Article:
Internationalisation through joint collaboration

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Teresa Chen (MA), Senior Lecturer, Digital Solutions, Lapland University of Applied Sciences

In this fast-changing world where interdependency has become a reality, higher education institutions (HEIs) should be at par with this phenomenon. HEIs see the need for cross border collaboration to foster dialogue for mutual knowledge gain. Talents and competences are varied and wide-spread across the globe which HEIs need to tap and hone to build capacities among students in order for them to prosper as professionals in the globalised world. Knowledge sharing and acquisition forms the foundation for international collaboration during which knowhow is exchanged and new perspectives are gained.

Internationalization in education institutions is a way to democratize education for knowledge acquisition. It is a way to “decolonize” own minds to seek knowledge from greener pasture for there are more ways to teach and learn in the areas of knowledge creation. (1) Lapland University of Applied Sciences is cognizant of the topical trend in Finland with the change in demography and needs for talents from abroad. The UAS has an established network of international partners and has been involved in various international activities to enhance its global reach and address the strategic issues concerning internationalisation. This write-up illustrates a few ventures the UAS undertook in collaboration with international partners.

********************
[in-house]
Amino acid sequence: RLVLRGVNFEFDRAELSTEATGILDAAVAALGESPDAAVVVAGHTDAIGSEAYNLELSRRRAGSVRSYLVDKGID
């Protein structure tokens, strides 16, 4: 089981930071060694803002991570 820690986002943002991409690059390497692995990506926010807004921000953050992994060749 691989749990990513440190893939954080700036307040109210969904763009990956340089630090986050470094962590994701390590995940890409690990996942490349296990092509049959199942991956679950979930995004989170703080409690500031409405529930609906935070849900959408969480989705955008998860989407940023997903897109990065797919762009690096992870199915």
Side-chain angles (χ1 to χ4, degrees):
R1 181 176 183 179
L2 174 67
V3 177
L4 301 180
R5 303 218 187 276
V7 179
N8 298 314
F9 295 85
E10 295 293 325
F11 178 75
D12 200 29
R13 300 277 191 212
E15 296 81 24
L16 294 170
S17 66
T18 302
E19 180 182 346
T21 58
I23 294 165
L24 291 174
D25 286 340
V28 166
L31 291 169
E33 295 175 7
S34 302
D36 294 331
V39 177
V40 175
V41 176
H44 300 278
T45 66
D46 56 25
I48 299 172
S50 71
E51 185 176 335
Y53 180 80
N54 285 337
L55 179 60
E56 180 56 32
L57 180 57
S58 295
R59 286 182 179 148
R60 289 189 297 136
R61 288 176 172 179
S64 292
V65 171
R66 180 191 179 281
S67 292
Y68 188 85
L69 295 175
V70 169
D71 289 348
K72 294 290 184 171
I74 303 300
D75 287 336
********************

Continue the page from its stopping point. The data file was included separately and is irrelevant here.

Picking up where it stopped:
Mobility

Mobility between HEIs is a form of knowledge exchange where specific “transactional benefits” are experienced especially on individual students and staff levels. However, in order to optimally benefit from international activities “generative partnership” would prove to be more advantageous where resources are combined to co-create knowledge. (1)

Despite being inhibited by the Covid-19 pandemic, with the aid of technology Lapland UAS along with its Indian partner, Kadi Sarva Vishwavidyalaya (KSV), collaborated in the autumn of 2020 to bring together groups of students of both partners for knowledge exchange classes. The purpose was to cultivate interdisciplinary knowledge in areas such as communication, information technology and digital arts in addition to acquiring broader perspective on cultural variations. In the words of Dr Shivani A. Trivedi, Chief Coordinator, Women Entrepreneurship Cell at KSV, “joint activities among students from international cross-culture levels have helped break the communication barrier and encouraged the exchange of creative thinking abilities. Through these joint activities exchanges of pedagogy among staff along with the use of different virtual teaching tools are also observed. Such activities could be extended in a form of weekly or monthly training programs in areas including Entrepreneurship and Innovations to cultivate understanding of cross-border entrepreneurship.”